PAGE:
Editor's note: On June 13, 2013, the Supreme Court ruled unanimously that isolated human genes may not be patented. Researchers at UC Santa Cruz assembled the first working draft of the human genome sequence in 2000, just days before a private biotechnology company completed its first assembly. Since the public consortium finished the genome ahead of the private company, the genome and the information it contains are available free to researchers worldwide. UCSC researchers have worked since then to keep the genome a public good. Following is the original press release from July 6, 2000, announcing the breakthrough.
For Immediate Release
July 6, 2000, Santa Cruz, Ca--Researchers at the University of California, Santa Cruz, who performed the computer analysis to assemble a working draft of the human genome sequence have now posted their results on a UCSC web site (http://genome.ucsc.edu). Biomedical researchers throughout the world can now search the working draft for particular genes or DNA sequences of interest to them.
A group led by David Haussler, professor of computer science and director of UCSC's Center for Biomolecular Science and Engineering, created a powerful new computer program to assemble the working draft from the sequence data obtained by the International Human Genome Project. The policy of the public consortium of scientists working on the Human Genome Project has been to release sequence information to the world as soon as possible. Until the working draft was assembled, however, the sequence data were only available in many small pieces.
"This is the first publicly available view of the human genome sequence tentatively placed in the order and orientation in which we think it occurs along the human chromosomes," Haussler said.
Haussler noted that after a 10-year effort involving many laboratories and more than 1,000 scientists, the human genome can now be downloaded from the UCSC web site in about an hour and a half by anyone with a DSL-speed Internet connection. The genome sequence is essentially a long string of As, Ts, Cs, and Gs, representing the chemical units of DNA, called bases.
The human genome consists of approximately 3.1 billion bases arrayed along the length of the chromosomes.
Scientists involved in the Human Genome Project have sequenced about 85 percent of the human genome and continue to generate new sequence data at a rapid pace. Haussler's group will rerun their computer analysis every few weeks, incorporating new data so that biomedical researchers will have immediate access to the most up-to-date assembly.
Although the current working draft still has some gaps and uncertainty in it, it is already extremely useful for most biomedical research purposes, said Alan Zahler, an associate professor of biology at UCSC. In many cases, researchers have identified part of a gene or have other clues to the gene's sequence. They can now use that information to search the genome for the rest of the sequence associated with the gene they are interested in.
In addition, researchers who know the sequence of one gene can search the genome for similar sequences to find related genes. Many genes are members of multigene families with similar and sometimes overlapping functions, Zahler said.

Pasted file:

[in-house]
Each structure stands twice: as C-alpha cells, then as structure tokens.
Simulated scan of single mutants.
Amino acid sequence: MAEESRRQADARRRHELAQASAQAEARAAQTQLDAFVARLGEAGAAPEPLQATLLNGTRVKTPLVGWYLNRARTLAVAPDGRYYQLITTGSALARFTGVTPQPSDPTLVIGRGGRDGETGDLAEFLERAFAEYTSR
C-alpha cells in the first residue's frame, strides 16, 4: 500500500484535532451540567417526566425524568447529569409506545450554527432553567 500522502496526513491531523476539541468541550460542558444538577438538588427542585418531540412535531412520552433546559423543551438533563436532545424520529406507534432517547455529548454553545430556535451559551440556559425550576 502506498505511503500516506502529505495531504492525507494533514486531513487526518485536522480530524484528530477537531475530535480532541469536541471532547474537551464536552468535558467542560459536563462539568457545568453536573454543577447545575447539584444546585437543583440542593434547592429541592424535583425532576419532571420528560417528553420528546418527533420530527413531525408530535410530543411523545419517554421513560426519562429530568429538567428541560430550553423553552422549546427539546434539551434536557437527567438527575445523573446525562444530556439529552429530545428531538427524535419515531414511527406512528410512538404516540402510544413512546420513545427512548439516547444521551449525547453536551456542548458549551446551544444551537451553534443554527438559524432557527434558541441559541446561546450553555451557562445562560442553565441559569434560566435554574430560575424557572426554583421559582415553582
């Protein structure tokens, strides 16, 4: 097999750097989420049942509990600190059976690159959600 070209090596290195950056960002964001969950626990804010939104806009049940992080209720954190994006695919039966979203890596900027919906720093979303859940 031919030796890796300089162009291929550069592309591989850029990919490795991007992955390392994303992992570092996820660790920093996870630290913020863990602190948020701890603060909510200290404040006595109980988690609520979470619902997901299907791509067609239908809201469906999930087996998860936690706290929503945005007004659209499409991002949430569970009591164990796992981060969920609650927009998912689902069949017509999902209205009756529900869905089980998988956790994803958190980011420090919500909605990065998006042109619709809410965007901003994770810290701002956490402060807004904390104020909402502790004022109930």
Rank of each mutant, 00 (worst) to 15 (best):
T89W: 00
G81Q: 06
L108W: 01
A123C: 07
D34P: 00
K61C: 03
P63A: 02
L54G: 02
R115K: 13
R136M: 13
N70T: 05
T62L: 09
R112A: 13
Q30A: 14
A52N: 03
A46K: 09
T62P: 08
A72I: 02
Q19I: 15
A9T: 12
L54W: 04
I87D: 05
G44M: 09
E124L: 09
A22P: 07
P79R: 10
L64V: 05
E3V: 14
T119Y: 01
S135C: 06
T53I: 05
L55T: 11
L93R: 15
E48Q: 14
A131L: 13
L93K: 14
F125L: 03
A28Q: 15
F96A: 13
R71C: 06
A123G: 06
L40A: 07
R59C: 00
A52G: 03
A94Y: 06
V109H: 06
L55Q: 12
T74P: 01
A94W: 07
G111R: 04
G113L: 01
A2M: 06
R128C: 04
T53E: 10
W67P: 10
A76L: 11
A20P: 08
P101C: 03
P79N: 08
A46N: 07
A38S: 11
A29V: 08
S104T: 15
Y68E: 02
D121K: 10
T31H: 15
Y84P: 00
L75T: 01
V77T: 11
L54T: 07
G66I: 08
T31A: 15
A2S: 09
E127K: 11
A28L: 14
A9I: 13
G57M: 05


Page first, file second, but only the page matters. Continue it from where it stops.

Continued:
"Identification of all of the members of a gene family will give us a sense for how many genes with a certain role are present in the genome," Zahler said. "Before, it took long periods of experimentation to find out whether a gene in humans was a member of a larger family of genes."
As a test for completeness of the working draft, Human Genome Project scientists searched the draft for known genes associated with human genetic diseases and found 95 percent of those diseases had identifiable genes in the working draft.
"The chances of finding a particular disease gene in the working draft are apparently quite good," Haussler said. "Technically, the working draft only covers about 85 percent of the genome, but in practice it appears to cover 95 percent of the disease genes."
The working draft is also an exciting beginning for scientists interested in understanding gene structure and organization in humans, Zahler noted.
"For the first time, we will be able to look at tens of thousands of genes at once and start to search for common themes in areas such as how classes of genes are turned on and off, how the information in genes is processed into a form that encodes proteins, and how that processing is regulated," he said.
Jim Kent, a graduate student working with Zahler, designed and wrote most of the software used to assemble the working draft, which was compiled from hundreds of thousands of fragments of various sizes.
"Imagine you had five copies of 'War and Peace' and one of 'Crime and Punishment,' you put them through a paper shredder, and then try to paste together a single copy of 'War and Peace' from the shreds," Kent said. "That job would be a lot like assembling the human genome, except that the genome runs to about a million pages."
Haussler said Kent's accomplishments will have a very real impact on science and medicine. "He has shown enormous talent and creativity in tackling this fundamental problem," Haussler said.
In addition to the UCSC web site, the working draft will also be available on sites maintained by the National Center for Biotechnology Information (http://www.ncbi.nlm.nih.gov/) and the European Bioinformatics Institute (http://www.ebi.ac.uk/). Both NCBI and EBI are major contributors to the computational analysis of the human genome data. Haussler has already sent them the current working draft and will continue to send them updated versions as new sequence data are incorporated into the analysis.